That's why the most significant advantage of hiring a sole proprietor is that he is personally liable for the debts, liabilities, and installation warranties, even if his business stops operating.
References are a thing of the past, and more people today prefer messages over live communication. Also, a telephone conversation does not guarantee that the person with whom you speak is who you think he is.
But still, you can ask the contractor to talk to some of the contractor's past clients and ask them about their experience with the contractor. Open the contractor's website, pick a deck project or two projects on his website gallery, and ask the contractor for the contact information of the homeowners to whom he built these decks. But, before you ask for references, you have to understand that most people don't like sharing their contact information these days, and there are many reasons why (scammers, pranksters, sale offers, etc). So, the contractor's past clients may not allow the contractor to share their contact information with you.
9. Written contract.
Ask the contractor if you get a written contract. If the answer is NO, stop the interview right here.
Always, always get it in writing. The contract sets out the agreement between you and the contractor in detail, from the work descriptions to the actual materials to be used to the price you will pay to the responsibilities of both you and the contractor. If it’s not in writing, you have no proof that you and the contractor have, in fact, agreed to the same thing.
Review this written document together and finalize the agreement with your signatures. The top copy is yours, and the bottom carbonless copy stays with the contractor.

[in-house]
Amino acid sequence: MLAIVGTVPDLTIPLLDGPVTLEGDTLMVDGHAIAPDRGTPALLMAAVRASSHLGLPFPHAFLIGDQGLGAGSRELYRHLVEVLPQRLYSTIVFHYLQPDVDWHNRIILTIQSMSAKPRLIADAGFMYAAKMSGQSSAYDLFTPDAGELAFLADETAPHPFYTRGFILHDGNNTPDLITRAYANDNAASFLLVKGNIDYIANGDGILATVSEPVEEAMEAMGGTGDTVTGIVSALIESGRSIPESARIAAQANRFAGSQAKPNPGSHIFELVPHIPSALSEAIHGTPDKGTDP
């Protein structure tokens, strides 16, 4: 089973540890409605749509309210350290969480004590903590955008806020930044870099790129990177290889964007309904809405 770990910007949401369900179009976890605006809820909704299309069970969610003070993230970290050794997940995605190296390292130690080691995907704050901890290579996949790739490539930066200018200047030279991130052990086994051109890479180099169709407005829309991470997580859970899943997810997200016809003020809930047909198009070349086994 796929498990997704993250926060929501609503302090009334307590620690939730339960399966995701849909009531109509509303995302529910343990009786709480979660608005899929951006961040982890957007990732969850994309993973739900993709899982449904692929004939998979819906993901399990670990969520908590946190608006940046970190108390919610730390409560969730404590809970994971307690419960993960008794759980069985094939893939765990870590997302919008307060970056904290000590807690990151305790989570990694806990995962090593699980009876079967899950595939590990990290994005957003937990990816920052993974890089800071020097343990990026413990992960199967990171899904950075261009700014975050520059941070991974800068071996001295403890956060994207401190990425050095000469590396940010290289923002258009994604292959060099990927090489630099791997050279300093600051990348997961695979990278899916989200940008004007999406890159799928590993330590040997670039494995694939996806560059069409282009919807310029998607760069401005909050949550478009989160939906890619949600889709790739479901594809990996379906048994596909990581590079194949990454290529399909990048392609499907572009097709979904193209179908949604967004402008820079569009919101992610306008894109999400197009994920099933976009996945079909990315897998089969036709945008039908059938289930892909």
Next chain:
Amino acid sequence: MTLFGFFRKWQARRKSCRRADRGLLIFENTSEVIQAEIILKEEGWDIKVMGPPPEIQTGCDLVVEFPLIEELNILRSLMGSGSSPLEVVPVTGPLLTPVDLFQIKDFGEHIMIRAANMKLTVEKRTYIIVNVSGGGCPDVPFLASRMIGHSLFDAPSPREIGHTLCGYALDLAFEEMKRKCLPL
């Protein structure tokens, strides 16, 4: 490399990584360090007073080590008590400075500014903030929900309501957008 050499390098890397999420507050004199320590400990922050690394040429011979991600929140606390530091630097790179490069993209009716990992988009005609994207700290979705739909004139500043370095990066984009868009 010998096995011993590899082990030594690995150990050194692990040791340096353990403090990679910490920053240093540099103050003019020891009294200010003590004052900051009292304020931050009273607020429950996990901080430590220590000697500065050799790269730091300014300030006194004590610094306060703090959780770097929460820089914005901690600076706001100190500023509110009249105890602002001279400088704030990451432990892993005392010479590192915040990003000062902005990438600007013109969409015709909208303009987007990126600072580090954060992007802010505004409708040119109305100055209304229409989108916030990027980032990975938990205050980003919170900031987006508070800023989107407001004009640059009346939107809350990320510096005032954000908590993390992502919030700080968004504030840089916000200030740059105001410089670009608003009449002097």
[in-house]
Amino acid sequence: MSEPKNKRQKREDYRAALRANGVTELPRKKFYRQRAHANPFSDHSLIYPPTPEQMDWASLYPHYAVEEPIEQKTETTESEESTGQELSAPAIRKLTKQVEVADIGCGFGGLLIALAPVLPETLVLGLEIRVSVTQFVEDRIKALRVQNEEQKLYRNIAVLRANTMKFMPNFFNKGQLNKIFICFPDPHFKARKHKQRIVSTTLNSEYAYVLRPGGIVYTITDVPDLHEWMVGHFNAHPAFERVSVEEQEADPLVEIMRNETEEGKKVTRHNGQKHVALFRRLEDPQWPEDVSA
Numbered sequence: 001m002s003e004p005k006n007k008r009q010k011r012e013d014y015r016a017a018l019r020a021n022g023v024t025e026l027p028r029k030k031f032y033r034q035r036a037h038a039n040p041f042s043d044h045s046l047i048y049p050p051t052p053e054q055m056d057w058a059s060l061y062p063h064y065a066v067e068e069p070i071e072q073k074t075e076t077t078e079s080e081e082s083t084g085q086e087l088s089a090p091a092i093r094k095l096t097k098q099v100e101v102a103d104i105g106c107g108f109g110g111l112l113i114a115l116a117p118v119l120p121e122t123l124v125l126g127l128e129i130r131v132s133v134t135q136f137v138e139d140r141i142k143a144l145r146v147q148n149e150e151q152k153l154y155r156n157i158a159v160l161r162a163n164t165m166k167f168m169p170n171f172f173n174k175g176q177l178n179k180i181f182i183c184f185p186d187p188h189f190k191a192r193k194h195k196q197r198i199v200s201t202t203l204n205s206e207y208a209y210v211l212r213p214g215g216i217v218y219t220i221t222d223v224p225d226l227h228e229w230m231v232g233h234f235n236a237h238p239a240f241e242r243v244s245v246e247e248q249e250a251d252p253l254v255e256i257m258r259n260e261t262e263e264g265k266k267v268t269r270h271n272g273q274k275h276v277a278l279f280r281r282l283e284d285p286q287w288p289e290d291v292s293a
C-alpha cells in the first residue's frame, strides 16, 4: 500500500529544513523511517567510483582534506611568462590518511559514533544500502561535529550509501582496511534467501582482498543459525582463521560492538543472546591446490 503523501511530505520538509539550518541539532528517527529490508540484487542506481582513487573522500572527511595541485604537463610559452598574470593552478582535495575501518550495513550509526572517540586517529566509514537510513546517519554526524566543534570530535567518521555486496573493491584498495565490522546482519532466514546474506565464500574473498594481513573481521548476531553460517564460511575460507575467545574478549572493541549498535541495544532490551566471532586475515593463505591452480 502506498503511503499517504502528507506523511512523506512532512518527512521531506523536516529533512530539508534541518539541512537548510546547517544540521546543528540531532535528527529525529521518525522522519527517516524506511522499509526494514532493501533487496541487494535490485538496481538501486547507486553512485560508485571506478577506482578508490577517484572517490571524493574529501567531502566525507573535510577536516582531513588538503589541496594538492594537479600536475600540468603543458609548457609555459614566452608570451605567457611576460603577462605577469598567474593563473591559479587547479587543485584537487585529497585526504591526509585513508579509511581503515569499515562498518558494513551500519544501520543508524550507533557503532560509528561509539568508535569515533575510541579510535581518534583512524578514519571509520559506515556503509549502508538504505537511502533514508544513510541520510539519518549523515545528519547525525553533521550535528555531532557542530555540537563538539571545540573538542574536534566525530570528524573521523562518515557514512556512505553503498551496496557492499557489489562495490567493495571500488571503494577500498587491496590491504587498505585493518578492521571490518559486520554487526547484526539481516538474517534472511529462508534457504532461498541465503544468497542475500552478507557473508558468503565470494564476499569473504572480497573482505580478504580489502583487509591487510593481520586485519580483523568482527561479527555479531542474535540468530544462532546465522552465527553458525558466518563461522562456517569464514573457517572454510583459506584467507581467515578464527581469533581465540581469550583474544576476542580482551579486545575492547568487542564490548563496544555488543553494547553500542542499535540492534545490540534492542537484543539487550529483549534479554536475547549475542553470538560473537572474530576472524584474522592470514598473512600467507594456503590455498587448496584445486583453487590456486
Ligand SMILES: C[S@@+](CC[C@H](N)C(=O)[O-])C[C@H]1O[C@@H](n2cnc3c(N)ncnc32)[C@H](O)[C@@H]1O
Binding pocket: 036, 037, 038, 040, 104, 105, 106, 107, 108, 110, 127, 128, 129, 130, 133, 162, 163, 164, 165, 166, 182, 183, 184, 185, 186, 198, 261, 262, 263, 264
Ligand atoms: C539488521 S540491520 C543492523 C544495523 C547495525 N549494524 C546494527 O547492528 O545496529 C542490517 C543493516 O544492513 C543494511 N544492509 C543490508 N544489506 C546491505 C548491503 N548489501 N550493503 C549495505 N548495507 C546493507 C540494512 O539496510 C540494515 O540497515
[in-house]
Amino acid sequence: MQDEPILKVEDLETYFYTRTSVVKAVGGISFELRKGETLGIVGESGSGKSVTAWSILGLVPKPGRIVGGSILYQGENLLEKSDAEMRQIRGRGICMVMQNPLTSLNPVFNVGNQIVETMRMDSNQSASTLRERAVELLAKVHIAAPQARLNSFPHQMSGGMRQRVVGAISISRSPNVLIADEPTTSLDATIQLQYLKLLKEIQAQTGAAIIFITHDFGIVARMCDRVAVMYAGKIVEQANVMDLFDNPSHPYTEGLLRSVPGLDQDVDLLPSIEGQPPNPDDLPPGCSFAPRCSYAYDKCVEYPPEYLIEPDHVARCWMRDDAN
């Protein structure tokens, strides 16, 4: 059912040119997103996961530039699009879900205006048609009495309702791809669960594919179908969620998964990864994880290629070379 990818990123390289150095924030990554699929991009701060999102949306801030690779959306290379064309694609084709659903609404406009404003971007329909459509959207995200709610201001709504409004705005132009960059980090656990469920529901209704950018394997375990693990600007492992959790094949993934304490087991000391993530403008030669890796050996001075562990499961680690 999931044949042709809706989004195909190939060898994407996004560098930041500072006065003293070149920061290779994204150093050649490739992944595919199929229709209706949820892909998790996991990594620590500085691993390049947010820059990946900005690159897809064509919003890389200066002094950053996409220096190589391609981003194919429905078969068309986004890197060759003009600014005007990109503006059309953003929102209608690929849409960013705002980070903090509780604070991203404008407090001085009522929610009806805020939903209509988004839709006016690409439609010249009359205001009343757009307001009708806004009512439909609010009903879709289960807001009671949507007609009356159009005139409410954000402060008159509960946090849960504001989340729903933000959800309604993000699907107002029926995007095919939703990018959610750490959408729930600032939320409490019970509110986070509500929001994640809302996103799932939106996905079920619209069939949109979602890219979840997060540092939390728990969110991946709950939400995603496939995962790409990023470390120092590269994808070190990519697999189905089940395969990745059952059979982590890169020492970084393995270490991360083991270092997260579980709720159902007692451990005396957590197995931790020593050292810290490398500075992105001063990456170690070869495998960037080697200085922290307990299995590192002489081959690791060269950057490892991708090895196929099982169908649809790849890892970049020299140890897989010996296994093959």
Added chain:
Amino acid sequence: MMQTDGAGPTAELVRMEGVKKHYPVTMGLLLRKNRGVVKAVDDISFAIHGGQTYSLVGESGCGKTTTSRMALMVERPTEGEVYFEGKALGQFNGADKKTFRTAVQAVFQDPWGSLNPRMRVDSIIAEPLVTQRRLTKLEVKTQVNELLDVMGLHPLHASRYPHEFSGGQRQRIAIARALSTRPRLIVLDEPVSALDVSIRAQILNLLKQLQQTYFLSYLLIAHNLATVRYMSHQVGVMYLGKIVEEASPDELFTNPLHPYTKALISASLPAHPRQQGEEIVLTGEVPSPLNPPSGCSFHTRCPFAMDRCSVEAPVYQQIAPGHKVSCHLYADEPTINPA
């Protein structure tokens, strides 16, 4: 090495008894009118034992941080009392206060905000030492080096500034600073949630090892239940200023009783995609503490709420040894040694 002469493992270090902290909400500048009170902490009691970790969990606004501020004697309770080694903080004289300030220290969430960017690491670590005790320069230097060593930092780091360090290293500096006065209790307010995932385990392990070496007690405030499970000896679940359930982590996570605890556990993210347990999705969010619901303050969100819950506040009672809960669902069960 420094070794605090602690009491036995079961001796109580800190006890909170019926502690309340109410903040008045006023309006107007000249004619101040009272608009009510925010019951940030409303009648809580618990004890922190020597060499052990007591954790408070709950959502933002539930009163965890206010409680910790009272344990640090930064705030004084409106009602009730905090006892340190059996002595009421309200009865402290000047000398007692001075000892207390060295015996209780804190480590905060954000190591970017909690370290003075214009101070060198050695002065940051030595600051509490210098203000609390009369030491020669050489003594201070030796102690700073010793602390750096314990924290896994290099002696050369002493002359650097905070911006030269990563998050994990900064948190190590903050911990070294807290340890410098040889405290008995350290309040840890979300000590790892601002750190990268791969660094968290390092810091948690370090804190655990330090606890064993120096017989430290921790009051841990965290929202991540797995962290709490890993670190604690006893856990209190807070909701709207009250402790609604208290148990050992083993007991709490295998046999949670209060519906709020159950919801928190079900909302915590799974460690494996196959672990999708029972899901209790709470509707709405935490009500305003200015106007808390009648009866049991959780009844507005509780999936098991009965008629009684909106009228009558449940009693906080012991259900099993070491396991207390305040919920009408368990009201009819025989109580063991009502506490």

10. Request Quote.
Be specific about your vision for the project when asking for a quote. The project cost can vary considerably depending on the deck type, shape, quality and brand of materials.
Quotes should include a step-by-step description of the work required to complete the deck-building project, including every step's price and specifics about products and brand names to be used.
* Old deck demolition and disposal (if required).
* Deck foundation/footing (if required).
* Deck structure/framing (product+fasteners).
* Decking (product+fasteners).
* Deck railings/guards (if required).
* Project price before taxes.
* Quotation validity period.
* Manufacturer's product warranties.
* Installation Warranties.
Make sure you hire someone with a good reputation, who you trust, who understands your needs, and who you think is experienced enough to complete the task appropriately.
Don’t hesitate to contact us to schedule a free consultation, and let us start the process of turning your dreams into realities. We will listen to your ideas, answer questions, show you samples and take measurements, discuss your options and follow up with you in a few days
with a detailed deck estimate.